• Some Caps team news (Been watching a lot of highlight reels from games lately) - sweet.
  • Stocks (by Tickers I’m interested in) - pretty unfortunately lately :-(
  • Some info about attractions in Peru (I’m planning a spring break trip) - Good eye Google.
  • CNN/Huffpost/WashPost relevant to Obama’s gun stuff this morning, which I watched and have been reading around about.

As you see, there’s a lot of good meat on that list. For comparison, since I’m writing this on my new iPad, I’ll write out what Apple gives me when I swipe left for “Siri Suggestions.”

  • Recent contacts (ok…..)
  • App suggestions (I generally don’t need you to suggest I should open Facebook right now even though I generally use it around this time of day. Trust me. I won’t forget.)
  • Nearby Bars, Restaurants, Desserts, Gas, etc. Decent.
  • News (akin to what Google Now does) - Like!

So, really, Google Now crushes Siri Suggestions.

On Tapped 😀

New-ish feature. Hold down the “home” button in some/most apps to get suggested links. i.e. If I’m browsing my newsfeed on Facebook and someone wrote a post about Obama’s speech this morning, when I press the button, a link pops up that would send me to Obama’s wiki page as well as a link to the NRA. Works great in apps like Spotify to find out info about bands, works in Chrome with articles about people. I don’t use it too much, but it’s a really impressive and useful tool. It’s really hard to stay caught up with what’s going on in the world all the time and quick links to wiki/Google pages about key people/places/things/etc is way useful.

OK Google 😀

Siri was first, you got that Apple. I like OK Google way better now though. First, somehow, without being an incredible battery sink, you can say ‘OK Google’ from the home screen of Android to talk with Google and ask questions. Your iPhone needs to be plugged in for the ‘Hey Siri’ command to work on iPhone. That’s less convenient. For 90% of behavior OK Google works the same as Siri. But I like it better for a couple of things. 1) It pronounces names better. My roommate Peter Kang actually gets pronounced as “K-ahhhh-ng” not “Kaang” like bang, the way it should be. 2) It summons Google Maps not Apple Maps for navigation. THANK YOU. 3) It handles complex inquiries better than Siri. I recently tried to ask Siri for a conversion of $299 Peruvian Soles to USD and it failed. Google got it right away. 4) An extension of #2, but I actually like Android native apps as opposed to most of Apple’s native apps, so the integration with OK Google (reminders, calendar, etc.) is really nice. 5) OK Google overall seems to have slightly better language interpretation/correction. 6) OK Google isn’t as sassy as Siri.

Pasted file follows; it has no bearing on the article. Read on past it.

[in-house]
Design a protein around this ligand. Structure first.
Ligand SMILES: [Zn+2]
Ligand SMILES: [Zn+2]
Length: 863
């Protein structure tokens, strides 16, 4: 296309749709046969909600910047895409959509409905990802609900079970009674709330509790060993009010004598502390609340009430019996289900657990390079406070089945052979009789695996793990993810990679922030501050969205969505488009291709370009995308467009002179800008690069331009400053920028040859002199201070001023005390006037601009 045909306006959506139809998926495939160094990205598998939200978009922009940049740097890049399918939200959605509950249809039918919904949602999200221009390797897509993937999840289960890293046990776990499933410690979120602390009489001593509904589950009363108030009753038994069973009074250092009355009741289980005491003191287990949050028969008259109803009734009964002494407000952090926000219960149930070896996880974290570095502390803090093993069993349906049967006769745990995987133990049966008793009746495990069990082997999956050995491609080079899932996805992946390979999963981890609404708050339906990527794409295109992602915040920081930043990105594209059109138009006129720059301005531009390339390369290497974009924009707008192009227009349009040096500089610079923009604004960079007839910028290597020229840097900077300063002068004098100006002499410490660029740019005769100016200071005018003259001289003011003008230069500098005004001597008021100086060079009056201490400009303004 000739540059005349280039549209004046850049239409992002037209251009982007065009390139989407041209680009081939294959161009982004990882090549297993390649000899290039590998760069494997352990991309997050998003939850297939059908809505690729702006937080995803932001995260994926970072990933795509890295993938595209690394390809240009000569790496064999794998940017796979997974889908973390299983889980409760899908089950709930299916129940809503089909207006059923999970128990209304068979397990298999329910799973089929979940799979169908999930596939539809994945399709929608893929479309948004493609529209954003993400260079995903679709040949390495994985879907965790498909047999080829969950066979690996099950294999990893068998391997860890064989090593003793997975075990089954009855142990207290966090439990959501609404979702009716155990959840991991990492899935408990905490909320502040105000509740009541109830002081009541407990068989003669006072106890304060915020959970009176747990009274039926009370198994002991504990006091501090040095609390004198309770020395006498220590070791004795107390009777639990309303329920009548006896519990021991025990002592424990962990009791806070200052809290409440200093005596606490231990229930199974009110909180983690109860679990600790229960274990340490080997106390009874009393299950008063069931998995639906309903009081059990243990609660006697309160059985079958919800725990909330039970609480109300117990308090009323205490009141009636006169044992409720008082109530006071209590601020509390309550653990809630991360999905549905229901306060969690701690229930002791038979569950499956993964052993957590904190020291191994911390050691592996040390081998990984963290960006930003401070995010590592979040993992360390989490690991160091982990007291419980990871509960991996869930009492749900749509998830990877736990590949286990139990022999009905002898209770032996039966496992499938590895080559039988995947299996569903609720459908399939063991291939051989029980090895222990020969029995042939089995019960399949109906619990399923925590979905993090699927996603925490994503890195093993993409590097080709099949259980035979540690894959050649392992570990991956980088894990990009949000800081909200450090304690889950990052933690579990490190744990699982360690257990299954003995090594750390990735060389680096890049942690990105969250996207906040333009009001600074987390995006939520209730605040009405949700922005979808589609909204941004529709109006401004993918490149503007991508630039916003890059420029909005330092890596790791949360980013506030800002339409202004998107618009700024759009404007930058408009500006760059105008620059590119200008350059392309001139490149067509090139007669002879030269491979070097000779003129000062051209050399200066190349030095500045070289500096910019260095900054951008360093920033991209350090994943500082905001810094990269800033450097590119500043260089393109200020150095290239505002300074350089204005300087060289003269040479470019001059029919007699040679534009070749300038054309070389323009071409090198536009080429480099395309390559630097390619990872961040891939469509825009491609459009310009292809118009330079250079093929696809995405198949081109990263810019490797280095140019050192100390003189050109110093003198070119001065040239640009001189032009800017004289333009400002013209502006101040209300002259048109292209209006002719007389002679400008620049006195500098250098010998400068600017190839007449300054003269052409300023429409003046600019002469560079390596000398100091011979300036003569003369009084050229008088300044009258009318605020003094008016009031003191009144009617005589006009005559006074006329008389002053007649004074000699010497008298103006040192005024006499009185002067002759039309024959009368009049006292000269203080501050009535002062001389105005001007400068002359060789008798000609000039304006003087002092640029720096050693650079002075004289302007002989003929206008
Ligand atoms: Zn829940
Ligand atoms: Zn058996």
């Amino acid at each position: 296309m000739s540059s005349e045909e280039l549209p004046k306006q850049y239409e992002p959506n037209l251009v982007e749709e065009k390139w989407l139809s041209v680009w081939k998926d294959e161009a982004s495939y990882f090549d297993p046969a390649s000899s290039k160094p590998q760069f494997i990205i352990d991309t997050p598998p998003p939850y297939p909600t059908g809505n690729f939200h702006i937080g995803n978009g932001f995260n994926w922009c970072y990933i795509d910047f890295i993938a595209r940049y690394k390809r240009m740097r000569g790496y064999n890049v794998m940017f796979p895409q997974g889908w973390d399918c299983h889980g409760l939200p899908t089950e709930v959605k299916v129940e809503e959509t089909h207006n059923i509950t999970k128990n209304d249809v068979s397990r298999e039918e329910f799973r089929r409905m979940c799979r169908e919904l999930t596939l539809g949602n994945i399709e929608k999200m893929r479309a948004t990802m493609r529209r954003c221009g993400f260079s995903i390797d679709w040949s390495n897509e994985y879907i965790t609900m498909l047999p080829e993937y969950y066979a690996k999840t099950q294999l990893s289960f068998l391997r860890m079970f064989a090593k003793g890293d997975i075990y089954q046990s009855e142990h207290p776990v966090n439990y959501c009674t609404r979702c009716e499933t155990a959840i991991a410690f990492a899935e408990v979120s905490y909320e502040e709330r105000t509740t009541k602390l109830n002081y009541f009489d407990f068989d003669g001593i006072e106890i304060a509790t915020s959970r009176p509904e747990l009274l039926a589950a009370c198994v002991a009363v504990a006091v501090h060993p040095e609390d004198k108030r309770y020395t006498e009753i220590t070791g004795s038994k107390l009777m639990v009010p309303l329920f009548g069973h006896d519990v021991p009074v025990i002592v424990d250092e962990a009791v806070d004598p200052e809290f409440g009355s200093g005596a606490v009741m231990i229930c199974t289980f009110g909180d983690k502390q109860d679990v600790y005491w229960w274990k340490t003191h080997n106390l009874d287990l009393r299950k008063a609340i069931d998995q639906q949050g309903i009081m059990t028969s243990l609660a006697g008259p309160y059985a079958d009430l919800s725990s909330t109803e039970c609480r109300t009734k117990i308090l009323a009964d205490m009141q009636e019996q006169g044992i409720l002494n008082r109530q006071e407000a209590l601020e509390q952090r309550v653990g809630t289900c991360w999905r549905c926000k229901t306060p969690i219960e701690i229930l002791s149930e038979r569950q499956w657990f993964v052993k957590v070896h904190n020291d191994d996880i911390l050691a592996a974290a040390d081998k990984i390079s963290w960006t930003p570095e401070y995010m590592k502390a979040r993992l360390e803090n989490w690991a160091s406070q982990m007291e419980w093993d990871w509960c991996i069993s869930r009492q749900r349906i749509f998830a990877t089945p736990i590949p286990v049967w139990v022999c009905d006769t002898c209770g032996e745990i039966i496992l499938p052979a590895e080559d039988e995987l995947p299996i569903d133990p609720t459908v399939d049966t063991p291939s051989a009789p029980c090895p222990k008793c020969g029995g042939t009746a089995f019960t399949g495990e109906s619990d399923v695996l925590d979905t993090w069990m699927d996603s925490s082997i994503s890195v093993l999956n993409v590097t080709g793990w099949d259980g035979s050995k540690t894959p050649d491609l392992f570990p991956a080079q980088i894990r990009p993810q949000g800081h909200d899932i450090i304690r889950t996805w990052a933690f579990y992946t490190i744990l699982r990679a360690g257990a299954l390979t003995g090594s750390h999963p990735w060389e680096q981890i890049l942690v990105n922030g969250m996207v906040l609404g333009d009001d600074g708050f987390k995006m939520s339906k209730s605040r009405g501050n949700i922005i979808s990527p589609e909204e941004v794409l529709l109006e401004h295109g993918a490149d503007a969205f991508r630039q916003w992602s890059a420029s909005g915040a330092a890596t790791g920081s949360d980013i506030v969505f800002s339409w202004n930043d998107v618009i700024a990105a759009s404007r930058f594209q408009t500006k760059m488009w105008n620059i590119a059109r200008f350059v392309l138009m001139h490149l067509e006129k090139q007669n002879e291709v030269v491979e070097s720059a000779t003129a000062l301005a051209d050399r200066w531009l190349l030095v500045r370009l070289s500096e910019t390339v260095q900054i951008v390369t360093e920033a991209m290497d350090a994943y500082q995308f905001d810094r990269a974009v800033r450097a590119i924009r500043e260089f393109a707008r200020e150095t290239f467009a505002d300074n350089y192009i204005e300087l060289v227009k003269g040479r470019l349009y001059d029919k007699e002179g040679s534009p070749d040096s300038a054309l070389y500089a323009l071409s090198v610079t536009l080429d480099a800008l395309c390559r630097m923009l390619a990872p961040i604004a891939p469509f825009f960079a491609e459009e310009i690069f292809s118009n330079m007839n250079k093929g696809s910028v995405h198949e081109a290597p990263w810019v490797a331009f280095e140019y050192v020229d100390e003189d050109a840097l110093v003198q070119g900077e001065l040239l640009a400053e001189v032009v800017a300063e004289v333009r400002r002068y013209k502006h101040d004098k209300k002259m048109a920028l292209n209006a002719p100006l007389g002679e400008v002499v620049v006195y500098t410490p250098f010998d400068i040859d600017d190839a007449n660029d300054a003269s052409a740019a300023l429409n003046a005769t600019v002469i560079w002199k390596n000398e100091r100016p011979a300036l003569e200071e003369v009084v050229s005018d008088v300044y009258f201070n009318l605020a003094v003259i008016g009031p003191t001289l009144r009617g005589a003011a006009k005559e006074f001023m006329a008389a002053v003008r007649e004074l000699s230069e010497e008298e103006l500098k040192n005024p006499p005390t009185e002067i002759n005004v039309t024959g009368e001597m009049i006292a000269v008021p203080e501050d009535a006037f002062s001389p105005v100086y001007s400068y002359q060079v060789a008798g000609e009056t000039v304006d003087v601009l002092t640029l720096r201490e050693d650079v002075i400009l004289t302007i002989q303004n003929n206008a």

I’m very happy I have OK Google over Siri right now.

Application Support

I’ve long felt that Google developed better iOS apps than Android apps. Google Maps used to be way better on iOS, Google Music, etc. etc.. I don’t think this is true anymore. I enjoy the Android app experience and there’s never an app that I need that I can’t find a great product for (obviously wasn’t always the case – thinking of my Motorola Milestone 1 first Android phone).

Android Pay

Works.

Google Photos 😀 😀

Google Photos is actually really sweet. First, it backs up your photos at high (not full) resolution for free. iCloud, I hate you. You fill up with my photos always. You always give me notifications about how you’re full. Just stop it. Google Photos is a great app, it syncs well across devices, is easy to use, etc. It’s way better than anything else out there. AND ALSO THERE’S AN iOS APP THAT’S REALLY GOOD. I had my lunch interview at Google with a person on the Photos team that told me how much Google was now investing into photos. It’s showing. Great.